This is the post that should not exist, because I'm too afraid to write it.
Occasionally, I think about the qualities of life that have great value to me. I value good, functional, beautiful design in all things. I love carefully crafted words. I like to be sucked right into a compelling piece of art. I like great jokes, even really simple ones that make me think about something in a totally new way.
I like beautiful songs. I especially like it when I listen to a great song, over and over, and one day I realize that I haven't ever paid close attention to the words. And then, when I play it again and make a real effort to listen to the lyrics, I realize the words are even more brilliant than the music. That's so cool.
I like amazing new inventions - the simpler and more obvious, the better. People have been thinking about things for so long, all of the really obvious solutions should have already been thunk. So it's really neat when someone invents something as interesting and simple as a bladeless fan (even though Sir James Dyson seems excruciatingly pompous). In all honesty, though, I guess one can argue that nobody really needs a bladeless fan. And I guess Dyson would argue that a bladeless fan isn't so simple (it sort of is, though).
I like to work with brilliant people. I like it when people tell me I'm brilliant. Everyone values brilliance. We like smart, brilliant things of all stripes.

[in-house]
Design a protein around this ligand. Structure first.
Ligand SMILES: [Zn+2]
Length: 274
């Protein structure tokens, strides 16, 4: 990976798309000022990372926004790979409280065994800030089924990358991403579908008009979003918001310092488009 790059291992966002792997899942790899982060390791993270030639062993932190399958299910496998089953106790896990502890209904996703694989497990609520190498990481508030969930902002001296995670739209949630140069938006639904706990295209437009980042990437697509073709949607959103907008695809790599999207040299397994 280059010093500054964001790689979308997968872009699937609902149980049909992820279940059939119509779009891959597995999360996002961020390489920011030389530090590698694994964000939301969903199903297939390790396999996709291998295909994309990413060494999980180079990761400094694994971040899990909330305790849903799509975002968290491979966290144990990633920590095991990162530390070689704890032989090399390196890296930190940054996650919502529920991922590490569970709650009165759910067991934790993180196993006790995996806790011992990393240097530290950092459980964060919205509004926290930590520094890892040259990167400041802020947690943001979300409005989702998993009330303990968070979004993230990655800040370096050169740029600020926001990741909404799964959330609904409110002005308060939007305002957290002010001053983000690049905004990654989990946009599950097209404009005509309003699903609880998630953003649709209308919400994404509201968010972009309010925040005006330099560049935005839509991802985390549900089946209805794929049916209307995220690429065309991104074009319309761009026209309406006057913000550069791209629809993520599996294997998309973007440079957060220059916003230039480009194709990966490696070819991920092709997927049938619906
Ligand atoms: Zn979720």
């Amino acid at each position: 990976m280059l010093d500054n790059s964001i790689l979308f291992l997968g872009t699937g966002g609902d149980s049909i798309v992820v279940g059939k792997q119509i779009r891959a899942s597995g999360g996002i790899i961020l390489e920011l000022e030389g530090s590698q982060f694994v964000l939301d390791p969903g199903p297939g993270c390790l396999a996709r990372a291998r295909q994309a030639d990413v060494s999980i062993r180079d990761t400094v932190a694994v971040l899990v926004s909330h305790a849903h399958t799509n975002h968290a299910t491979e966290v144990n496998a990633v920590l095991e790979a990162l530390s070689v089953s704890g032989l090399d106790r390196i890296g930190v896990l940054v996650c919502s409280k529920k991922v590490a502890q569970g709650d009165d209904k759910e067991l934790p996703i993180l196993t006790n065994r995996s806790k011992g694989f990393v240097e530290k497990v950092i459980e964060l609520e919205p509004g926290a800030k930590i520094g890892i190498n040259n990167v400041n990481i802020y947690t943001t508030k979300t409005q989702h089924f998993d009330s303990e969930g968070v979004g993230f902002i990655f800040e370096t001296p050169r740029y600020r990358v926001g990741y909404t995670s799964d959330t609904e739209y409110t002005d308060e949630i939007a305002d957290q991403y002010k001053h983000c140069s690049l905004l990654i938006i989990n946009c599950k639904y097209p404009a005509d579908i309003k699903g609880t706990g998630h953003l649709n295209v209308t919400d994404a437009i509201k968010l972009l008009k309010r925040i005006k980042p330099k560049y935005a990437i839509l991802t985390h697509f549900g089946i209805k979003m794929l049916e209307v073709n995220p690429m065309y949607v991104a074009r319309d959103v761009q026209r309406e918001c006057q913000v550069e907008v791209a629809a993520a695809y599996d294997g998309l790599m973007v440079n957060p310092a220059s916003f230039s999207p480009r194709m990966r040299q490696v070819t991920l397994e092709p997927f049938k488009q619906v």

Yes, these are the things I value. These are the things I have always valued. And I wonder, sometimes, where Ozzie fits into all of this. Because it's quite likely that "brilliant" won't be a word that will ever be used to describe Ozzie, or the things he does. It's sad that I have spent so long placing so much value on such a narrow aspect of life. I feel guilty about that. But I'm also excited about all of the new, equally valuable things I am now destined to discover. Things I may never have noticed if Ozzie had not been born.
I think our overvaluing of brilliance may be one of the reasons people like Ozzie often find themselves tucked away in the margins of society. People are too busy valuing the things that, in the end, don't really matter all that much. Things like bladeless fans.
Because for all of the ingenious things Dyson has invented, he has never made anything as valuable as a smile.
1 year ago